Experts discussed the legacy of “Economic Justice for All” and how to reignite conversation about economic justice in the U.S. Church. The following article was published in the January-February 2022 issue of NewsNotes.
This past November marked 35 years since the publication of “Economic Justice for All: Catholic Social Teaching and the U.S. Economy” in 1986. A landmark pastoral letter of the U.S. Catholic Bishops on the United States economy, the document received significant attention at the time but has since faded from view.
In a virtual panel highlighting the anniversary organized by the Catholic Labor Network, experts weighed in on the document’s impact and continued relevance. Fr. David Hollenbach, SJ, who was part of the document’s drafting process, explained that “the U.S. bishops had been charged with drafting a document on [the Church’s response to] capitalism, because a little bit earlier the bishops had issued a document on Marxism.”
However, Hollenbach said that rather than explicitly focusing on an abstract system or ideological framework, the bishops decided to focus on concrete questions or issues facing the U.S. capitalist economy at the time, including high unemployment rates, diminished social programs, and increased inequality.
In the document, the bishops emphasized that economic justice is characterized by inclusion, participation, and the protection of fundamental human dignity. They further developed the Catholic concept of “economic rights” from Catholic social teaching, a corollary of human rights which articulates the human need for dignified work. They urged for a form of capitalism in the United States that promotes creativity and participation while setting limits on the market in service of the common good, and especially in service of the poor.
“Economic Justice for All” made a splash at the time of publication, even prompting a cover story in the New York Times. But the principles issued in the document have faded from the attention of Church leadership and the wider public in the decades since.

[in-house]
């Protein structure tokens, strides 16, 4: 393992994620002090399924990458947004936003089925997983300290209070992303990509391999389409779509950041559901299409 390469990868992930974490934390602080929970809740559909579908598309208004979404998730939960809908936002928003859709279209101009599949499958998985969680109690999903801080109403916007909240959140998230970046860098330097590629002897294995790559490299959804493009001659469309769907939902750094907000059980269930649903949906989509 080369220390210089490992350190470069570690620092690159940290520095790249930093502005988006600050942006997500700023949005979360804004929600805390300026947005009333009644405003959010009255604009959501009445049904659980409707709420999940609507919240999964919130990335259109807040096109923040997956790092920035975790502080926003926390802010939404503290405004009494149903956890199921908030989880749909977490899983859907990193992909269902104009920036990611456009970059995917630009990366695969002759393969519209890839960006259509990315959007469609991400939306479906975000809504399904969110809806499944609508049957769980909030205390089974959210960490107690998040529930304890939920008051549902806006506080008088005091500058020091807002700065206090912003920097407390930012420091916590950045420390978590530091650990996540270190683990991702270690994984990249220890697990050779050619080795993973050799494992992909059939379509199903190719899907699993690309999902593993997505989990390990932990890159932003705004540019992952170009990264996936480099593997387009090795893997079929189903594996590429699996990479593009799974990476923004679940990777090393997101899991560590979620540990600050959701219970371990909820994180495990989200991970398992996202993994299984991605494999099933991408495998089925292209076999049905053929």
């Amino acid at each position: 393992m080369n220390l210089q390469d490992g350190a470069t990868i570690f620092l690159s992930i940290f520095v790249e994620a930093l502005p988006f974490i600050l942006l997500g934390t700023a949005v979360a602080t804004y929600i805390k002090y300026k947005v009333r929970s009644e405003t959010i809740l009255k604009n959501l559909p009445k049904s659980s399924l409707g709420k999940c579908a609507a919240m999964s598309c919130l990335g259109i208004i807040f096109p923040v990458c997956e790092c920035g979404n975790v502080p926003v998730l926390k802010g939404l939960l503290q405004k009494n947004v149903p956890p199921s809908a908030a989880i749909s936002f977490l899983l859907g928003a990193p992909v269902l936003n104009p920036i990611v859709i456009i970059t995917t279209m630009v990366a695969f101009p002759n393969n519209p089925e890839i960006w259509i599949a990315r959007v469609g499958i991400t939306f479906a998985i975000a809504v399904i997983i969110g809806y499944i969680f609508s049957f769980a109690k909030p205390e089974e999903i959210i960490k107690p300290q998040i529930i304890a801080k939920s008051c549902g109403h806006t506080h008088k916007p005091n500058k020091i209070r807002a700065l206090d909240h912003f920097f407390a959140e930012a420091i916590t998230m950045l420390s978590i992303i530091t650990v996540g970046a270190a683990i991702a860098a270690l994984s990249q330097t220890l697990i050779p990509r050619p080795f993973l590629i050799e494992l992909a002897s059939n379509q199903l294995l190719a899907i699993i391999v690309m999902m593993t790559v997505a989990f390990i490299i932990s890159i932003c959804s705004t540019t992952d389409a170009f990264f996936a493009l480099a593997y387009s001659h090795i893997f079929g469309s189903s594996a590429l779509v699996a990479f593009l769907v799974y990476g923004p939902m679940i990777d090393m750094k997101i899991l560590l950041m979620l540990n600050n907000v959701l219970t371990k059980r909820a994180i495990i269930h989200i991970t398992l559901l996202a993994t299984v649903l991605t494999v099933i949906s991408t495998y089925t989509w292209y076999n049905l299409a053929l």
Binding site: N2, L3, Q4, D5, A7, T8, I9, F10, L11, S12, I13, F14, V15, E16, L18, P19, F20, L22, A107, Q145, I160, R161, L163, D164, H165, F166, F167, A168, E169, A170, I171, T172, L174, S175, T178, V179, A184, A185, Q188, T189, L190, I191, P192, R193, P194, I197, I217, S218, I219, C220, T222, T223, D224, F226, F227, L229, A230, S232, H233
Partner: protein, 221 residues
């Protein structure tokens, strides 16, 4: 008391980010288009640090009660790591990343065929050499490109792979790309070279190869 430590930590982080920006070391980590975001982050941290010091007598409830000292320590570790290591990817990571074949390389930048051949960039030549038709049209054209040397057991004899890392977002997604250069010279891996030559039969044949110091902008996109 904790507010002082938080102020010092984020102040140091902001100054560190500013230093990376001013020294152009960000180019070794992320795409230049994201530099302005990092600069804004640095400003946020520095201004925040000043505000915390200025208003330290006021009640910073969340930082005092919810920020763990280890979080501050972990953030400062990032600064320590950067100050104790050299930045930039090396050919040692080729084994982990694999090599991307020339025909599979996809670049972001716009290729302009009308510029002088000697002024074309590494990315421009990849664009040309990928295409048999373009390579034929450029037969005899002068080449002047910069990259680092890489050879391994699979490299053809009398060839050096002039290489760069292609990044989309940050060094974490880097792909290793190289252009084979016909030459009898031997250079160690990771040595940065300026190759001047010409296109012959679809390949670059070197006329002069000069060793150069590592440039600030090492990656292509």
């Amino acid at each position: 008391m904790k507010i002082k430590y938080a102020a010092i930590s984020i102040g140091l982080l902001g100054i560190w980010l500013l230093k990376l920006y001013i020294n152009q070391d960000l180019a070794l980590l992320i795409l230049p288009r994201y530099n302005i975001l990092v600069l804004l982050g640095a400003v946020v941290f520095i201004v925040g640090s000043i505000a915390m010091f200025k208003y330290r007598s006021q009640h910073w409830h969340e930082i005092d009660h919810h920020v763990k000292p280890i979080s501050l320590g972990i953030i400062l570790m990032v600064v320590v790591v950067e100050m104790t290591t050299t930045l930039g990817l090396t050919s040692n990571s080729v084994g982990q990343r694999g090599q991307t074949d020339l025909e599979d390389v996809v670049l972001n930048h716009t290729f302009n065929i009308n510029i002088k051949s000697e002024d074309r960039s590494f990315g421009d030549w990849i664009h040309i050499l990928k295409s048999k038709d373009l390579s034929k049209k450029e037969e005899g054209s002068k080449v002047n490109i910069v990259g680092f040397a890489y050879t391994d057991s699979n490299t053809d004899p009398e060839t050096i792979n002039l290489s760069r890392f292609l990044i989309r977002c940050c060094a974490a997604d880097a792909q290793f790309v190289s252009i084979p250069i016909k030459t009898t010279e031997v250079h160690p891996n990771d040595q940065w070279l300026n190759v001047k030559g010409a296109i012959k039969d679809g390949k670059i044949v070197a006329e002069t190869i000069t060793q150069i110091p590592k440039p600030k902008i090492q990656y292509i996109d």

Despite this, panel experts noted that the economic challenges addressed in the document – including poverty, unemployment, and unjust global economic relationships – are still relevant today. They mentioned that missing from the document were discussion of the challenges facing working class Americans, both people of color and rural whites, and an analysis of the rising and extreme levels of inequality in the last half-century.
Following in the steps of his recent predecessors, Pope Francis has sought to revitalize conversation about global economic justice in the Church. In 2019, he founded the Economy of Francesco, a movement of young people committed to “giving a new soul to the global economy.” The initiative flows from Francis’ long-standing concern about the structural problems of the global economy. Building on the tradition of Catholic social teaching, he has critiqued “models of [economic] growth incapable of guaranteeing respect for the environment, openness to life, concern for the family, social equality, the dignity of workers and the rights of future generations.”
In his most recent speech to the World Meeting of Popular Movements, Pope Francis repeated that “land, labor and lodging” are key rights that are cornerstones of social and economic justice. The goal of these movements, he says, is to “place the economy at the service of the people in order to build a lasting peace based on social justice and on care for our common home.”
The panelists for the anniversary gathering considered how the conversation about economic justice could be reignited in the U.S. Church. Dr. Meghan Clark, a theologian at St. John’s University, said that key to reinvigorating the conversation would be for Church leaders to heed Pope Francis’ call to spend more time listening directly to people on the margins. “The cry for [dignity of work] we’re hearing louder and louder now,” she said. The conversation “needs to start on the margins,” she concluded.
Faith in action:
Watch the panel, “Economic Justice for All at 35:” https://bit.ly/3rE4pNF
Read the U.S. Catholic Bishops’ “A Catholic Framework for Economic Life,” summarizing the ten main principles in Economic Justice for All: https://bit.ly/31AEqeW
Watch this video documentary from the World Meeting of Popular Movements and watch Pope Francis’ speech: https://bit.ly/3Itz1rg
Explore the website for the Economy of Francesco movement: https://francescoeconomy.org/